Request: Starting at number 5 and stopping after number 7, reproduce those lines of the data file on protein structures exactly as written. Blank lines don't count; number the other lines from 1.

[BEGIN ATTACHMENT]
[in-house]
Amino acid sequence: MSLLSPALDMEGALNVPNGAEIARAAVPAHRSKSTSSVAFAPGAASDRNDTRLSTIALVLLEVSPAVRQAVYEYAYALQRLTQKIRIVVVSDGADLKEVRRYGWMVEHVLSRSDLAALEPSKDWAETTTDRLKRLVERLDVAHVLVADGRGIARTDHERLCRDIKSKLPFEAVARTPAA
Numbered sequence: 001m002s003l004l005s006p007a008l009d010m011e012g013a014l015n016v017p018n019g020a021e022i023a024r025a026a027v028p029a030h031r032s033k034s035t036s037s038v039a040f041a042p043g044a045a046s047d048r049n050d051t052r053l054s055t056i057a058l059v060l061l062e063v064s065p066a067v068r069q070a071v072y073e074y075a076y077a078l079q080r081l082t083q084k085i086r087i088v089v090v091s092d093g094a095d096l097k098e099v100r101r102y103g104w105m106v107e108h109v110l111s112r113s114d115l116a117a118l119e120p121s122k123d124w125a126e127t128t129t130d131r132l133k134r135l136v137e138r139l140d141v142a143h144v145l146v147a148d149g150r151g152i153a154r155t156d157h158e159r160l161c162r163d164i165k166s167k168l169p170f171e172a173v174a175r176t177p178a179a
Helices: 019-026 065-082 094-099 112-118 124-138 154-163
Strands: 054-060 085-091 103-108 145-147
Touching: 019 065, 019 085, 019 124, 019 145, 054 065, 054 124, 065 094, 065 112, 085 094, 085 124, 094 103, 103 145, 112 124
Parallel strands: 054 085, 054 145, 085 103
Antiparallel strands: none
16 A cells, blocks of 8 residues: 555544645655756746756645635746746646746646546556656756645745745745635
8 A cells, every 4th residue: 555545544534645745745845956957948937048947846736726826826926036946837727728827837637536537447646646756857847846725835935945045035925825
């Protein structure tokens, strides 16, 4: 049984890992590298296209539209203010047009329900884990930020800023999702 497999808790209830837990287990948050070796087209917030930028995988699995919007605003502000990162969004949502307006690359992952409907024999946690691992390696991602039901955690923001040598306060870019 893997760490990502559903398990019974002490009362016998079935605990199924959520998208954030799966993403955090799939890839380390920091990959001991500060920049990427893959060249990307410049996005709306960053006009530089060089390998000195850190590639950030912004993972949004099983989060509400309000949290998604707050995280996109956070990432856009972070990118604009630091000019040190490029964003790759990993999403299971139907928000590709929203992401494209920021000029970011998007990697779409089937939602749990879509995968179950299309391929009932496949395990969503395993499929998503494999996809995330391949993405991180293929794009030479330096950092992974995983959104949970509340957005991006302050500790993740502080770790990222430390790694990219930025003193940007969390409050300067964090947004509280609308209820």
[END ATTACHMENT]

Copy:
Strands: 054-060 085-091 103-108 145-147
Touching: 019 065, 019 085, 019 124, 019 145, 054 065, 054 124, 065 094, 065 112, 085 094, 085 124, 094 103, 103 145, 112 124
Parallel strands: 054 085, 054 145, 085 103